The landlord barely glances at me. A hand lands on my shoulder and I jump before I realize it’s Justin. I shoot him a glare to try to send him out. Too weird if he goes back to leaning against that random spot on the living room wall. We can’t afford suspicion.
“I see he’s lazy in other ways, too,” the landlord mutters in Russian, like Justin’s not there. Or like the landlord knows Justin can’t understand him. I’m not sure I understand him either, until he adds a dirty joke to the jab. I scowl and shake off Justin’s hand.
I’ve got to get this guy out before he figures out we’re not living here. What’s the best excuse? I size up the landlord. Is he a hard smoker or drinker?
He’s Russian, so probably both, though he doesn’t show many outward signs. Wedding ring? Yep. I take a shot in the dark and in Russian: “Dmitri upset my mother.”
The landlord’s grunt speaks volumes. Who doesn’t sympathize with mother-in-law problems? I’m not married yet and I do.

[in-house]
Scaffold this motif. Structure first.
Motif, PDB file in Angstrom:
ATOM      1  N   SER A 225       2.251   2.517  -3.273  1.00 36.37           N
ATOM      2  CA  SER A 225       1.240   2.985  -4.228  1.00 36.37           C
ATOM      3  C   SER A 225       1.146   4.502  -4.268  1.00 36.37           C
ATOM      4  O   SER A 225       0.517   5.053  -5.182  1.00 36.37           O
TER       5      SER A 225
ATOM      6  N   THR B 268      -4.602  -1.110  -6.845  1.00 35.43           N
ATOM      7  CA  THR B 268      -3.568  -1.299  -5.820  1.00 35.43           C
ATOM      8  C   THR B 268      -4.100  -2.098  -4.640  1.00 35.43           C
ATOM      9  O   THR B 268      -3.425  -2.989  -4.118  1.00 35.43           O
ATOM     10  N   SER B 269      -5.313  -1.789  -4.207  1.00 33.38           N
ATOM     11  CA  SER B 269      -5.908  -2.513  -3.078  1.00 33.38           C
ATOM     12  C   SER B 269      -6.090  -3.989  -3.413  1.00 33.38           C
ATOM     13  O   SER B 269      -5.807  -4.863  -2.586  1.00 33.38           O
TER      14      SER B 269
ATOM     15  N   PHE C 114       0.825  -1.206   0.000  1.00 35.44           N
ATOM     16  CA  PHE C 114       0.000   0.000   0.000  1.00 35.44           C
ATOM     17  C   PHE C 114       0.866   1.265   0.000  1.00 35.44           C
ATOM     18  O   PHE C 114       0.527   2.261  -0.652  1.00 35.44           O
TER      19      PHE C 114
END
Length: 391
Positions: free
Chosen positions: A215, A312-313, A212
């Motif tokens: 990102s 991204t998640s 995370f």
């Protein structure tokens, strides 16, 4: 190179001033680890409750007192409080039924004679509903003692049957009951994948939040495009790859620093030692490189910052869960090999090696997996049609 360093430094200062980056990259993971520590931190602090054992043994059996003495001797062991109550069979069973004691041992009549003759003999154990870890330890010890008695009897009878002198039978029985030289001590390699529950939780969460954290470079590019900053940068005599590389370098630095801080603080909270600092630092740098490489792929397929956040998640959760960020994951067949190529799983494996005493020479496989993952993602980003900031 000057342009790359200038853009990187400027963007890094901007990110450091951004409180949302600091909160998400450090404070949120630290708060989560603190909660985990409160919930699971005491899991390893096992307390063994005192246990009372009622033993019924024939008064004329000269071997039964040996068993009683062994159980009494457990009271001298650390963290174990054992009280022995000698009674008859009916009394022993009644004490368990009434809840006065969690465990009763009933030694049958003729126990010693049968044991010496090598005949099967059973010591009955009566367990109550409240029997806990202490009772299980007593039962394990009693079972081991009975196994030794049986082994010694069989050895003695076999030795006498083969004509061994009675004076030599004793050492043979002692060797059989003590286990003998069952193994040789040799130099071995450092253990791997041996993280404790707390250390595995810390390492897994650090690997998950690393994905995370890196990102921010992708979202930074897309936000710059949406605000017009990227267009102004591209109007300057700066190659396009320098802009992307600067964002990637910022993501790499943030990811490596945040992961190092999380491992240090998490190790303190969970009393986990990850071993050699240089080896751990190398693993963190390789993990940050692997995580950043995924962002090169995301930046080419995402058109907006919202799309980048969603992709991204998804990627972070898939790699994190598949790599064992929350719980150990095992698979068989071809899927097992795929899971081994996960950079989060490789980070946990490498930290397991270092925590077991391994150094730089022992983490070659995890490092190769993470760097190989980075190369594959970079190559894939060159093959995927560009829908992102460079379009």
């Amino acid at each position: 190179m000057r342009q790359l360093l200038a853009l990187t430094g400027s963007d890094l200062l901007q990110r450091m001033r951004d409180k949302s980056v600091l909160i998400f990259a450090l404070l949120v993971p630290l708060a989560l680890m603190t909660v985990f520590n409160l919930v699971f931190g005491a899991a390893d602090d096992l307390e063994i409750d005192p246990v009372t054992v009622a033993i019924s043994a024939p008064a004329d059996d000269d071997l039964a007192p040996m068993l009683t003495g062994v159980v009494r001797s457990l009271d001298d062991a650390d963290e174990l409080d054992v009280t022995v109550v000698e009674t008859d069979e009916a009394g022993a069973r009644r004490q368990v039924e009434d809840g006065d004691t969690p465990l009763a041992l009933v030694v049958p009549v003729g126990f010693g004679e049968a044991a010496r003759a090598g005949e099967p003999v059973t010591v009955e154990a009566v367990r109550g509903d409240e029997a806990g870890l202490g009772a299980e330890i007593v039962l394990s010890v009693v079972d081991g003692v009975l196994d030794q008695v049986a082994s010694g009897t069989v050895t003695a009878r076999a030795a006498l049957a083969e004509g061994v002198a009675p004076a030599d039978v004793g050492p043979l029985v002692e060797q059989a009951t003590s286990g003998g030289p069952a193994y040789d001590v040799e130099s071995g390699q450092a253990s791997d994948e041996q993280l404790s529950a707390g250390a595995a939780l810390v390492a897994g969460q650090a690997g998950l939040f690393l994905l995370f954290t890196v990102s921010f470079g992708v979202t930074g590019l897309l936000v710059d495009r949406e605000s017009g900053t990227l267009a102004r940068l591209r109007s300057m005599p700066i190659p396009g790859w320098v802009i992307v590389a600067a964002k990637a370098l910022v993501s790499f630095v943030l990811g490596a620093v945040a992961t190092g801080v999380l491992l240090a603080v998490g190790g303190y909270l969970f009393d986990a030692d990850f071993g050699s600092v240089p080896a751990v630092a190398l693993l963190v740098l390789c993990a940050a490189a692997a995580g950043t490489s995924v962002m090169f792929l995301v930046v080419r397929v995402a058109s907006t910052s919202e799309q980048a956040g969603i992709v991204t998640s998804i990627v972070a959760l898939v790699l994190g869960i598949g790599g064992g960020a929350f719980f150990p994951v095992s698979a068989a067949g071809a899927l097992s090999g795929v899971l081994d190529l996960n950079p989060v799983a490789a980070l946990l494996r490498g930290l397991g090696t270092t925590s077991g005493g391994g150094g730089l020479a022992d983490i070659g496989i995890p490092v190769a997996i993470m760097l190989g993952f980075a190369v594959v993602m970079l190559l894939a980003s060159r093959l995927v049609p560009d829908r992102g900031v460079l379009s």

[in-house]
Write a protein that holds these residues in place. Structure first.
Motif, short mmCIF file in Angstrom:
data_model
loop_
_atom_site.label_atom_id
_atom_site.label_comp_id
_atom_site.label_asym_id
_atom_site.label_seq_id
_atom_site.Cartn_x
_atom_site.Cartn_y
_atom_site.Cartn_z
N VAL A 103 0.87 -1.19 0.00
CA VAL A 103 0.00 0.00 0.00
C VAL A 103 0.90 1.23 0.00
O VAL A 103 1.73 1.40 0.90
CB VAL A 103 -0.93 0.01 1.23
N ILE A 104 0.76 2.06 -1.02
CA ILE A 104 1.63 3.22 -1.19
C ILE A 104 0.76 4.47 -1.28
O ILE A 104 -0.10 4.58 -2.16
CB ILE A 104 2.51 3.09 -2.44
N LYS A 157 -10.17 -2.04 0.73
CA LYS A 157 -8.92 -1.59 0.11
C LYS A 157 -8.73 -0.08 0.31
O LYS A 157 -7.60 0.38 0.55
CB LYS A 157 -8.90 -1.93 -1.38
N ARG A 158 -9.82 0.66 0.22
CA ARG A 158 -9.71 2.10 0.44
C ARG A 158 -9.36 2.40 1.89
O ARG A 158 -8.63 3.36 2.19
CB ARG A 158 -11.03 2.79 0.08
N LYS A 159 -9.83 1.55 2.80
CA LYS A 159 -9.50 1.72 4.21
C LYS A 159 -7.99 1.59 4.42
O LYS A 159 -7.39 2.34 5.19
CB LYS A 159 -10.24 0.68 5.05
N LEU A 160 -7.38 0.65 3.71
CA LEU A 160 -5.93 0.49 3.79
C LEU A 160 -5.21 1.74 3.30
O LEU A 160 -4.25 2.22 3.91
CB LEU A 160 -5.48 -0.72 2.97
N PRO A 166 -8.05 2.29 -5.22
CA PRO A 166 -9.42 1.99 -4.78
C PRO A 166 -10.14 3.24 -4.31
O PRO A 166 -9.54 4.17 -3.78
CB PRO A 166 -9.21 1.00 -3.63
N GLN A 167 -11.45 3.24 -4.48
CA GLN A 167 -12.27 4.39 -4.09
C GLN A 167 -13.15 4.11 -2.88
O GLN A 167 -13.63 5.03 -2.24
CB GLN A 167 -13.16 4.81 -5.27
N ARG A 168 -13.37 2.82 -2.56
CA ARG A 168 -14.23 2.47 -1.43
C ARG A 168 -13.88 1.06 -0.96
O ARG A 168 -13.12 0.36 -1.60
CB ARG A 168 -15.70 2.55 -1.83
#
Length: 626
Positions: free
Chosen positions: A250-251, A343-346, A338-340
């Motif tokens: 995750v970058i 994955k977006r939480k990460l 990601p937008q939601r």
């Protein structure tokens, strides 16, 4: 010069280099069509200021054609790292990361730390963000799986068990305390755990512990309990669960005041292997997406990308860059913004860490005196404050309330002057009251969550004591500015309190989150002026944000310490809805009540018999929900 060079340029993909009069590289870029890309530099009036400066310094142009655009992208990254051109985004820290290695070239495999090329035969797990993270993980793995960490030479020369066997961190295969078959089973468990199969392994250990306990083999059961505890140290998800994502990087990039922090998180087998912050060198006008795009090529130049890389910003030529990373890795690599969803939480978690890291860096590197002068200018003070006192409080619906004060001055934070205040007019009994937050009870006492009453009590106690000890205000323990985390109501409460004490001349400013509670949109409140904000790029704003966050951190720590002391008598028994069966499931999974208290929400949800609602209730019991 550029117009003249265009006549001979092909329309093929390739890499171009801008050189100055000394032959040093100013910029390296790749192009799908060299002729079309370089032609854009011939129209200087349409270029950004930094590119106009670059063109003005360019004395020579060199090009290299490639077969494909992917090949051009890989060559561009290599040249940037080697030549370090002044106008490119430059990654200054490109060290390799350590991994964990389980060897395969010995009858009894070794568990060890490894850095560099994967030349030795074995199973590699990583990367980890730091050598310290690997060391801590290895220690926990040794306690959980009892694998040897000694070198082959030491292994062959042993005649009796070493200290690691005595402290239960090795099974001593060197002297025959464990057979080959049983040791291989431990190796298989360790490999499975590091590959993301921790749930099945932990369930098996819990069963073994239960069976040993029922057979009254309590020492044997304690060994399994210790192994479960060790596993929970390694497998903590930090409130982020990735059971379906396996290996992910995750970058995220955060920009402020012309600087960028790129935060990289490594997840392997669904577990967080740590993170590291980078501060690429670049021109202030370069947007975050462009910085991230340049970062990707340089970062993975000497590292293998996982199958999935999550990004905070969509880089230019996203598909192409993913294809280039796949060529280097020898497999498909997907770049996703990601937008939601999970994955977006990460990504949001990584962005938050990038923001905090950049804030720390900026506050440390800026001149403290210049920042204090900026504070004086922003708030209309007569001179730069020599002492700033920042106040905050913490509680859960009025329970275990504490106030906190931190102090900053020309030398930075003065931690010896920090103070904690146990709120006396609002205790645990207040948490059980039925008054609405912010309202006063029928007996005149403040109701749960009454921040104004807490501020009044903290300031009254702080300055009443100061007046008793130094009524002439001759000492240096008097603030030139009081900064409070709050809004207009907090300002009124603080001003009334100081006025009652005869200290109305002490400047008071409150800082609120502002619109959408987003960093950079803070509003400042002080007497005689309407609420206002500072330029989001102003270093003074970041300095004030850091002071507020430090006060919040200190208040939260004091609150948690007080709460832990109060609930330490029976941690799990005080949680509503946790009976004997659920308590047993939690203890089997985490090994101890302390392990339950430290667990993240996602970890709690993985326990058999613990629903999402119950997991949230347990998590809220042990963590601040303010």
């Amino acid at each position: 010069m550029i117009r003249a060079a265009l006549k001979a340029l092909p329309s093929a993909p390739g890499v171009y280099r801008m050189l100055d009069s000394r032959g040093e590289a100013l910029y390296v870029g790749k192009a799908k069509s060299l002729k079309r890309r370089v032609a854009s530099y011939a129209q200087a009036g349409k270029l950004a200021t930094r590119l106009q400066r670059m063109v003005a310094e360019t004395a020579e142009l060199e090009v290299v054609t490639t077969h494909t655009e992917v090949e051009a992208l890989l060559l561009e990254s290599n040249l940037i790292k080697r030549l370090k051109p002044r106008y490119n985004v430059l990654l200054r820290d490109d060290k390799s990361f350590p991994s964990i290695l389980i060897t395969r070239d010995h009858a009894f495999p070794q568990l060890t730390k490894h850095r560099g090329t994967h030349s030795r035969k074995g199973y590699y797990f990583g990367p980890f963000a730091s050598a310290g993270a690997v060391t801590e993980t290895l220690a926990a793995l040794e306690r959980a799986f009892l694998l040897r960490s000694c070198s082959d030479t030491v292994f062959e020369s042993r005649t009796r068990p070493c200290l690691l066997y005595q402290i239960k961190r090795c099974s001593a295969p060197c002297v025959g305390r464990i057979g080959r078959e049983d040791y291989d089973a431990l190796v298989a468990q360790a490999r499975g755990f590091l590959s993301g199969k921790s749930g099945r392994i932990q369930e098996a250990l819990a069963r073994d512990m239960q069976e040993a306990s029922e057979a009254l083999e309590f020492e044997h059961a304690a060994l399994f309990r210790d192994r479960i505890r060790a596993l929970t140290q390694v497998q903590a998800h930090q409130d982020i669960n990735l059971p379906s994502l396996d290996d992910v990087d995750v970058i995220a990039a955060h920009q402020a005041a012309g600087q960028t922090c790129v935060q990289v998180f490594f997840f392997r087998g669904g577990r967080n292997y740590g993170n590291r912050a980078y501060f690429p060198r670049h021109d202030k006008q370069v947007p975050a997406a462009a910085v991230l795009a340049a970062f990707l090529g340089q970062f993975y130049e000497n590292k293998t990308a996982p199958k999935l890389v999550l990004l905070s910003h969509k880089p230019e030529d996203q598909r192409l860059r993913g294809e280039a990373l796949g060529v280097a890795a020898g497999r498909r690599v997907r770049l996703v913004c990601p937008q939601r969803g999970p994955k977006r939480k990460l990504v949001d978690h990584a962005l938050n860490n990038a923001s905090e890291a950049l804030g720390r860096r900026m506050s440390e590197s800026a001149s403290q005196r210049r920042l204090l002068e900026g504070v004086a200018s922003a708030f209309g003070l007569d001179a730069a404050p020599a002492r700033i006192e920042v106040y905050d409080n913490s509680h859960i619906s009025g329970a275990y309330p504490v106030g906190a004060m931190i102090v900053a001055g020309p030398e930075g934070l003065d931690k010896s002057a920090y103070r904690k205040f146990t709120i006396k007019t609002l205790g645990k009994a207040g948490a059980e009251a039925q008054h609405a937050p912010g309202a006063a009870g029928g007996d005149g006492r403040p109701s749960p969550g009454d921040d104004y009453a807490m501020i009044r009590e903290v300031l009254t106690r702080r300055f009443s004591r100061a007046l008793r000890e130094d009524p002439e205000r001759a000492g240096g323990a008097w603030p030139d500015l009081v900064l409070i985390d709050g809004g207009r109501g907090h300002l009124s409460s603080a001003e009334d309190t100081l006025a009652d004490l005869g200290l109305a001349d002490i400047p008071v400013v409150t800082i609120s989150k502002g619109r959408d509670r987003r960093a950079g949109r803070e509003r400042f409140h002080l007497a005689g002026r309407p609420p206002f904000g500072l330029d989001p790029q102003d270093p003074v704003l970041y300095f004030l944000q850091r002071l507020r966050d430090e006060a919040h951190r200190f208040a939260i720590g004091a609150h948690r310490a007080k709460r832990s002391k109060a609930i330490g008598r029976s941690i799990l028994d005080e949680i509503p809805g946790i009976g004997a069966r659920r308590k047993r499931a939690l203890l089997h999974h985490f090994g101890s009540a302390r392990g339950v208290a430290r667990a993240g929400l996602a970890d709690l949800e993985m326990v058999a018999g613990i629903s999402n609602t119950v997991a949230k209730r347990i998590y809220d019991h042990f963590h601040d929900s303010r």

He turns for the door leading off this room. Trouble. We’ve gone far enough to toss two toothbrushes in a glass, but if he looks for something as deep as, say, the toothpaste? Big trouble.
Justin wasn’t there when we set up. It was me and Robby, who’d come in handy now, since he does speak Russian. Justin has no idea what he’s getting into when he starts for the door. Is he stopping the landlord? What’s he going to say, when the guy can barely get out a Russian hi? I have to stop him from going into that bathroom.
Oblivious, Justin grips the knob. The landlord steps up to the plate. But it’s my pulse rounding the bases.
We can’t afford this attention. The neighbors hearing us is one thing; them knowing we don’t really live here is a different ball game. The landlord just became the bigger threat.
It’s time for a sacrifice play.